United Graffiti Artists

United Graffiti Artists (aka UGA) was an early American graffiti artists collective, founded in 1972 by Hugo Martinez in New York City.[1][2] UGA was the first organized group of writers, and the first to promote graffiti as a high art.[3][4][5] Martinez, then a student activist at City College of New York, organized a group of teenagers who had been tagging the subways [6] into a loose collective, formalizing their work and paving the way for commercialization.[7] In September 1973, UGA organized the first ever gallery show of graffiti at the Razor Gallery in SoHo.[8][9][10]

According to authors Cori Anderson and Kevin Jackson, the artists of UGA elevated the profile of graffiti, bringing it from the subways and the streets to art galleries and studios.[11][12] Henry Chalfant, a sculptor from New York City said "United Graffiti Artists (UGA) and Nation of Graffiti Artists (NOGA), marked the first attempts to organize and legitimize writers as artists."[13]

Early members of UGA included PHASE 2,[8] SJK 171,[14] TAKI 183,[15] HENRY 161 (Henry Medina),[14] and MIKE 171 (Mike Hughes).[6]

ReferencesEdit

  1. ^ Vivien Raynor (March 3, 1991). "ART; 'Hip Hop' Moves Closer to Respectability". The New York Times. Retrieved January 1, 2020.
  2. ^ Penelope Green (April 10, 2005). "Using Graffiti as a Decorating Tool". The New York Times. Retrieved January 1, 2020.
  3. ^ Gottlieb, Lisa. (2008). Graffiti art styles : a classification system and theoretical analysis. Jefferson, N.C.: McFarland. pp. 38–39. ISBN 978-0-7864-3436-7. OCLC 228608106.
  4. ^ Miller, Ivor (July 1993). "Guerrilla artists of New York City". Race & Class. 35 (1): 27–40. doi:10.1177/030639689303500104. ISSN 0306-3968. S2CID 144157165.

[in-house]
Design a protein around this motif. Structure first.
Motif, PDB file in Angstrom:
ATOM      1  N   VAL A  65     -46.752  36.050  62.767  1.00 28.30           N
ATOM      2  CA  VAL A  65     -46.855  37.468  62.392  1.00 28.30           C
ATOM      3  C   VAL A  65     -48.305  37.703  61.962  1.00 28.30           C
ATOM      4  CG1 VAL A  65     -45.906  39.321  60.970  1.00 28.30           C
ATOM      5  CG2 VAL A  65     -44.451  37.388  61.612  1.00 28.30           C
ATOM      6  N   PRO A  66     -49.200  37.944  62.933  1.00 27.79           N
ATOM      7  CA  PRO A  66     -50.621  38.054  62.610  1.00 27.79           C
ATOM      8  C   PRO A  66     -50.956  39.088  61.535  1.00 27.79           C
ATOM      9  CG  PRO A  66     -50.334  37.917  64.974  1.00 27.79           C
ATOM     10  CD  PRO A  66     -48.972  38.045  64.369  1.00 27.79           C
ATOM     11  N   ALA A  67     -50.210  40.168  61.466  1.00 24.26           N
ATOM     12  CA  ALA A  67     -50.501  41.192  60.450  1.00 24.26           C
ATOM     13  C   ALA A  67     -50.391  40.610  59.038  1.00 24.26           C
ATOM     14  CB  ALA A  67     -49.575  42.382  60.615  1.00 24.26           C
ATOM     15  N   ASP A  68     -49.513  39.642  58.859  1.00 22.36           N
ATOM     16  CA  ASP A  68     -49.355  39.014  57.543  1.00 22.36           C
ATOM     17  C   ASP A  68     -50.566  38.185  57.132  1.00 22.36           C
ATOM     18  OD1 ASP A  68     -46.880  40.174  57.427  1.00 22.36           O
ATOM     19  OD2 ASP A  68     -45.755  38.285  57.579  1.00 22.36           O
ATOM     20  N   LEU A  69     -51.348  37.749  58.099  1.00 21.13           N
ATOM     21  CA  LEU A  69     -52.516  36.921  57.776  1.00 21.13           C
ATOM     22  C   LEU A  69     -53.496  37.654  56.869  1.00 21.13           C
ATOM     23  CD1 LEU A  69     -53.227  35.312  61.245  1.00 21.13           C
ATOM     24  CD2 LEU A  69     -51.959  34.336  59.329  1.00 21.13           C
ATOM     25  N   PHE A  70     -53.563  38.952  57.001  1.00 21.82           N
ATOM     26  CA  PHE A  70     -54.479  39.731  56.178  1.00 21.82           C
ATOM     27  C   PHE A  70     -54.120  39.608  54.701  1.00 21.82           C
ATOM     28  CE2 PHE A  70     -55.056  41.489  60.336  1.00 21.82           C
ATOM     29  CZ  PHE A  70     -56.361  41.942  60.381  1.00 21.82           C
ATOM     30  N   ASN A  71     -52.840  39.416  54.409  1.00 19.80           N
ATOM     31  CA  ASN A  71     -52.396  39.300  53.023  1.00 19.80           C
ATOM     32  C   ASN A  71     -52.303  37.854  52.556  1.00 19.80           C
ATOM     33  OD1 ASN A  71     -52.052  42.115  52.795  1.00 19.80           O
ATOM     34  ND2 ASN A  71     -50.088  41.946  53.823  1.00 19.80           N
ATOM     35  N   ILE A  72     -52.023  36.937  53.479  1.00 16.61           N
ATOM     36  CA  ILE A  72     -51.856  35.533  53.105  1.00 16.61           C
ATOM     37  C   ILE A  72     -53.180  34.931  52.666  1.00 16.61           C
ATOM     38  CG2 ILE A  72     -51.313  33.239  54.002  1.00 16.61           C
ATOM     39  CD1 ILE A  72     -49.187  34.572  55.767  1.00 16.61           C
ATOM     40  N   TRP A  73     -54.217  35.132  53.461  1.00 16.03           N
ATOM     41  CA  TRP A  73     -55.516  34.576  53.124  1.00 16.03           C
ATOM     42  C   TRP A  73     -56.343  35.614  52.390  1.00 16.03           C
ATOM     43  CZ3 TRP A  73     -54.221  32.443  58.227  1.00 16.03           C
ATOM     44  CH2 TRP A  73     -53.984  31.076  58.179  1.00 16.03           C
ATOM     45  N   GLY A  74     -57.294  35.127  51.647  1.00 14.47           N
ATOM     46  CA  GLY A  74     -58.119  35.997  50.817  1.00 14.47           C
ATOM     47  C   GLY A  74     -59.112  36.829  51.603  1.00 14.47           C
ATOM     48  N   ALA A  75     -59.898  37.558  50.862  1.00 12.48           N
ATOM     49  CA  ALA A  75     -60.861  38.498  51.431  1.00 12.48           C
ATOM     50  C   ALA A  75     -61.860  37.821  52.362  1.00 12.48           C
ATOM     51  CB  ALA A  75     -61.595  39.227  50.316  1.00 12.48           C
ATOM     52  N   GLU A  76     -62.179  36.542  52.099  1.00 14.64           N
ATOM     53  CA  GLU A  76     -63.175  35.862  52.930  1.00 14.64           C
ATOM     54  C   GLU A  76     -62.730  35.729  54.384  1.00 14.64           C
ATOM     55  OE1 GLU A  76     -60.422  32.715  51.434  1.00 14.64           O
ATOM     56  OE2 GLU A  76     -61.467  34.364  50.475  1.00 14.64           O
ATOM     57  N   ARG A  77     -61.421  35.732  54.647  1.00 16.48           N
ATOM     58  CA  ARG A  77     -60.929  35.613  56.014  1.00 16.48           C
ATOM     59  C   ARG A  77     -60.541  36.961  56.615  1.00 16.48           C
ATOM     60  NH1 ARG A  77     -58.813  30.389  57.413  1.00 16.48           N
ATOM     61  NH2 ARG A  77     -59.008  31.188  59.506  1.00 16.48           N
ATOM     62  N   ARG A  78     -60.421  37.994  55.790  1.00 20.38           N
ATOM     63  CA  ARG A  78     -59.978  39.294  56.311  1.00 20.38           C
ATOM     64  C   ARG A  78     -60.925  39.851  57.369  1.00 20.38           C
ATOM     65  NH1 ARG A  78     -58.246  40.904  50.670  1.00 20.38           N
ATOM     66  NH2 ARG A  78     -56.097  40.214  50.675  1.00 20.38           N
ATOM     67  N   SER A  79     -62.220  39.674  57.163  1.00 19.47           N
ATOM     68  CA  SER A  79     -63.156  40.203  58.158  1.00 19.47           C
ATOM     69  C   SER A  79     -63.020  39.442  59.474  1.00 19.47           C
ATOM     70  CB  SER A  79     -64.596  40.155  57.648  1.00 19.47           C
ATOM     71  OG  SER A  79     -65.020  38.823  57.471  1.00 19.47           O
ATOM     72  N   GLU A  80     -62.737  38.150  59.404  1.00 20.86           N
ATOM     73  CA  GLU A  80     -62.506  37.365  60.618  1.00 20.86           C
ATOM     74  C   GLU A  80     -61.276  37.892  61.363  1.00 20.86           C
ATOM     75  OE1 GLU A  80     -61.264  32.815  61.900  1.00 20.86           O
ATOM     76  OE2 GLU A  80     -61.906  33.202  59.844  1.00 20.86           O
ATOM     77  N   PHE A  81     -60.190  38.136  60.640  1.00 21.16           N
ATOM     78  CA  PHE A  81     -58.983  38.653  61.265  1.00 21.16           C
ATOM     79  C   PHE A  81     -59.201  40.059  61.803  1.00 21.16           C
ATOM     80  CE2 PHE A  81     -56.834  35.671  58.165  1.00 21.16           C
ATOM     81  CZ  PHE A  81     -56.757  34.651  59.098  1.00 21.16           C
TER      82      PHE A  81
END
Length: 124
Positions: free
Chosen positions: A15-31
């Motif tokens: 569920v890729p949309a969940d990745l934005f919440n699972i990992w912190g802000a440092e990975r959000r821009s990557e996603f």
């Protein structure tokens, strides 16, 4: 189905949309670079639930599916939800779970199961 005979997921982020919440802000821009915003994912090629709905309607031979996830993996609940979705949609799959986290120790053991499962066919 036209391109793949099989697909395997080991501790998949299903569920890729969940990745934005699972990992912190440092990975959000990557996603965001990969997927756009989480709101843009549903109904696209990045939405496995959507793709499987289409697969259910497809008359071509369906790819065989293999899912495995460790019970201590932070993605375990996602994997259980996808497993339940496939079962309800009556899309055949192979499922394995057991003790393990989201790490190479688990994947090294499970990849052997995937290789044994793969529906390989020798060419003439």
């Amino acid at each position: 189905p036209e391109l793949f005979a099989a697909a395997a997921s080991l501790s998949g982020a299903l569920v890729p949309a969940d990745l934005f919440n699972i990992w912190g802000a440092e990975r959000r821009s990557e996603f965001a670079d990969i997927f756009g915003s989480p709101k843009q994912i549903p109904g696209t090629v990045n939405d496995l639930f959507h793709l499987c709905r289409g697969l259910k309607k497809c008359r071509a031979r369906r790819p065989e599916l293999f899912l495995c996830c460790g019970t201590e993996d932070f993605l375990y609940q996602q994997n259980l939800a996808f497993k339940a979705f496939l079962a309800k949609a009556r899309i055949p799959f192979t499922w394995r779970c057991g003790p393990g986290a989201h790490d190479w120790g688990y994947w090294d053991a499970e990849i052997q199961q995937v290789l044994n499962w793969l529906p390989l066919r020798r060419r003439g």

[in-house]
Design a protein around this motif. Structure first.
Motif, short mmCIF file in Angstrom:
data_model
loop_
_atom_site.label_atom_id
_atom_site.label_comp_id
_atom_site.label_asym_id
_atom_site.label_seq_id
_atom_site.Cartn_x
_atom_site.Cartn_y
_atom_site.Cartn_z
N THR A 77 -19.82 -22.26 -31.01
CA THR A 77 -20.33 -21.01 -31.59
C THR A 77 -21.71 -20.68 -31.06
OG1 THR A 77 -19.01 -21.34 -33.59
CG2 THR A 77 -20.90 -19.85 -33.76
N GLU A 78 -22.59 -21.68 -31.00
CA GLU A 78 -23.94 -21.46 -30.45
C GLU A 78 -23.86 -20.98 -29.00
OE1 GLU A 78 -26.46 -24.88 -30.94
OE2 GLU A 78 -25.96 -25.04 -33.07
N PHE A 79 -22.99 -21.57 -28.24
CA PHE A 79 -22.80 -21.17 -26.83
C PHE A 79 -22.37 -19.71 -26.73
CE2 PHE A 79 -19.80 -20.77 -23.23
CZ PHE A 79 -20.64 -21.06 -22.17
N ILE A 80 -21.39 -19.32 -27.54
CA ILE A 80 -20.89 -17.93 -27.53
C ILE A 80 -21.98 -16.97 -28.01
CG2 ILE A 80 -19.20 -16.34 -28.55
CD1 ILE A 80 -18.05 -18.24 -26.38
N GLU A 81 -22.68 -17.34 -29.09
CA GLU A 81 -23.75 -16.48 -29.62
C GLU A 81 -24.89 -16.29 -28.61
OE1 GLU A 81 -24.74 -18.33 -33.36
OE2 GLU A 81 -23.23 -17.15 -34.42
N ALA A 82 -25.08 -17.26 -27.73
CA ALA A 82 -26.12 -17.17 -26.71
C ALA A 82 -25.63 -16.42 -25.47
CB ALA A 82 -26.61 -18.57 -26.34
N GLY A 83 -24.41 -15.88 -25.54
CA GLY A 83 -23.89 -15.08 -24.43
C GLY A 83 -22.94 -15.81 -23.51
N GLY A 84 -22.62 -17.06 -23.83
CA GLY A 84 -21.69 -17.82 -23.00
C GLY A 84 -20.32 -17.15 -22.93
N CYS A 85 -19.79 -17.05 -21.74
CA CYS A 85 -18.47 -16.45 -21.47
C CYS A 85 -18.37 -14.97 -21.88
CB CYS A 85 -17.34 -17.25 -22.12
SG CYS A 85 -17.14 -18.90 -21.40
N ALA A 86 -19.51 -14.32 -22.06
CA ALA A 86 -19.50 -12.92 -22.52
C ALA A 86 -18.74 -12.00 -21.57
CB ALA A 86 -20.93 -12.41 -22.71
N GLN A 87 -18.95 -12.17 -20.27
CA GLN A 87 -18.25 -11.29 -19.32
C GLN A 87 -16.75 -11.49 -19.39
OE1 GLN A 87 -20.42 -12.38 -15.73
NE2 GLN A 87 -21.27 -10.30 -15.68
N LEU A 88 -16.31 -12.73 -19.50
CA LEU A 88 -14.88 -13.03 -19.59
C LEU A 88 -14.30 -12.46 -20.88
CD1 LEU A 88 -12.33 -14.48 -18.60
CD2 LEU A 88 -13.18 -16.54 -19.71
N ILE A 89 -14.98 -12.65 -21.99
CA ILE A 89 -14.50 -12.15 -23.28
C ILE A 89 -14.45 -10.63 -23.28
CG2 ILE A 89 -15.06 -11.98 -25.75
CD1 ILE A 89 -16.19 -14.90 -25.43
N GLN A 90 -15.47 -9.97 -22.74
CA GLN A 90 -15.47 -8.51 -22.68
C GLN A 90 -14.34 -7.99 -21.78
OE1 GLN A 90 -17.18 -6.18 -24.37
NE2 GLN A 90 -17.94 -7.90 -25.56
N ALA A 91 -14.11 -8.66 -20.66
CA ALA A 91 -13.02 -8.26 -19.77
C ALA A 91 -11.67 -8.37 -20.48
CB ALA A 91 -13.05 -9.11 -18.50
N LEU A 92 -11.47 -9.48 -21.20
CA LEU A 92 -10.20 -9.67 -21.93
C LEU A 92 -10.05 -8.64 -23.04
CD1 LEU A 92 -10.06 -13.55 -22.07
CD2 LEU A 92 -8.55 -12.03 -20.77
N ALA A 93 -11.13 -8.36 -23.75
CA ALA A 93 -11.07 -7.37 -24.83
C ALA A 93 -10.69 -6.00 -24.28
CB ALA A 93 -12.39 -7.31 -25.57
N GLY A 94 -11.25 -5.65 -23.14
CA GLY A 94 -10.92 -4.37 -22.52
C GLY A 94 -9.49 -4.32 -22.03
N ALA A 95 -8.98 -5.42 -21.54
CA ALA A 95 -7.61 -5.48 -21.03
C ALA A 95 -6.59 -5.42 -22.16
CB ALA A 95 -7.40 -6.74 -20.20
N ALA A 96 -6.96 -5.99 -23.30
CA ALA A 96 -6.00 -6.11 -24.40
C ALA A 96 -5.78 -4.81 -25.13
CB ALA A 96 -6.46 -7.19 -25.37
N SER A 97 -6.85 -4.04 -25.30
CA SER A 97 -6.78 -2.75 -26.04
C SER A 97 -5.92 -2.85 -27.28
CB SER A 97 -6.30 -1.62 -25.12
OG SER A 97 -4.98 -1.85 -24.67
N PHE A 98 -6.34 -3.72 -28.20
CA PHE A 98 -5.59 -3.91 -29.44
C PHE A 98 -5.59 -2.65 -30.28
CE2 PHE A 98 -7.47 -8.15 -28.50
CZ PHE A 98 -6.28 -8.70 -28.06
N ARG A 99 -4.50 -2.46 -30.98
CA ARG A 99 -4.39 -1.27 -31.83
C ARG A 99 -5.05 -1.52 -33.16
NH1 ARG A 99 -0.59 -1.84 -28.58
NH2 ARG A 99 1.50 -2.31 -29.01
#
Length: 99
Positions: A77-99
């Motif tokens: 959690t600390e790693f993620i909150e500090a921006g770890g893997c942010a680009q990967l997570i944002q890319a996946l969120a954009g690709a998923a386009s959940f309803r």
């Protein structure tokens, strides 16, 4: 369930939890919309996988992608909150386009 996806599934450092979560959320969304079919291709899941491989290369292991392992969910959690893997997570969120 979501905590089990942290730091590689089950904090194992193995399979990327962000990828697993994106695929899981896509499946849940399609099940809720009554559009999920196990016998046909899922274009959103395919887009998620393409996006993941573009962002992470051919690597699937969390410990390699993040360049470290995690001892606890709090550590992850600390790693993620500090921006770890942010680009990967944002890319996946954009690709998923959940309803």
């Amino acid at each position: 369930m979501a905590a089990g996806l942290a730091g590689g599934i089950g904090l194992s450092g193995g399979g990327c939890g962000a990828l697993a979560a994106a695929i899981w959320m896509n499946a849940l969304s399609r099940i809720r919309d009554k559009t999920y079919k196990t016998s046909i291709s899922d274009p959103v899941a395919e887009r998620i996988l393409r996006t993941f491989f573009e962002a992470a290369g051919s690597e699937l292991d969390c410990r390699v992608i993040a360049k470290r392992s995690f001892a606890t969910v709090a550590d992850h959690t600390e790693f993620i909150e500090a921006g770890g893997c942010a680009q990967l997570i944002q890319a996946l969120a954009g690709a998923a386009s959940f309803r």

5. ^ Castleman, Craig. (1982). Getting up : subway graffiti in New York. Cambridge, Mass.: MIT Press. ISBN 0-262-03089-6. OCLC 8476629.
  6. ^ a b Jordan Riefe (June 21, 2018). ""Beyond The Streets" Harkens To Graffiti's Roots In Diversity". LA Weekly. Retrieved January 1, 2020.
  7. ^ Kristen Tauer (December 5, 2019). "Art Basel Miami Beach 2019: Museum of Graffiti Opens in Wynwood". WWD. Retrieved January 5, 2020.
  8. ^ a b Jon Caramonica (December 20, 2019). "Phase 2, an Aerosol Art Innovator, Is Dead at 64". The New York Times. Retrieved January 1, 2020.
  9. ^ Peter Schjeldahl (September 16, 1973). "Graffiti Goes Legit—But the 'Show‐Off Ebullience' Remains". The New York Times. Retrieved January 1, 2020.
  10. ^ Ula Ilnytzky (February 3, 2014). "Graffiti art highlighted in NYC exhibition". Associated Press. Retrieved January 1, 2020.
  11. ^ Kevin Jackson (May 20, 2001). "Reading graffiti". Prospect. Retrieved January 1, 2020.
  12. ^ Cori Anderson (February 13, 2017). "MCA-Denver Debuts Its Biggest Opening With Gritty And Uncensored Exhibit". 303 Magazine. Retrieved January 1, 2020.
  13. ^ Chalfant, H. 1992. “No One Is in Control.” Pp. 4-11 in Vandalism: Research, Prevention and Social Policy, edited by H. H. Chistensen , D. R. Johnson , and M. H. Brookes . Portland, OR: Department of Agriculture Forest Service.Vandalism: research, prevention, and social policy (PDF) (Report). United States Forest Service. 1992. doi:10.2737/PNW-GTR-293. hdl:2027/umn.31951d029749434. S2CID 158966695.
  14. ^ a b Liz Ohanesian (May 22, 2018). "Exploring The Evolution Of Street Art". GOOD Magazine. Retrieved January 1, 2020.
  15. ^ Thomas, Sean P. "Celebrating Street Art in a Chinatown Warehouse". Los Angeles Downtown News - The Voice of Downtown Los Angeles. Retrieved 2019-12-29.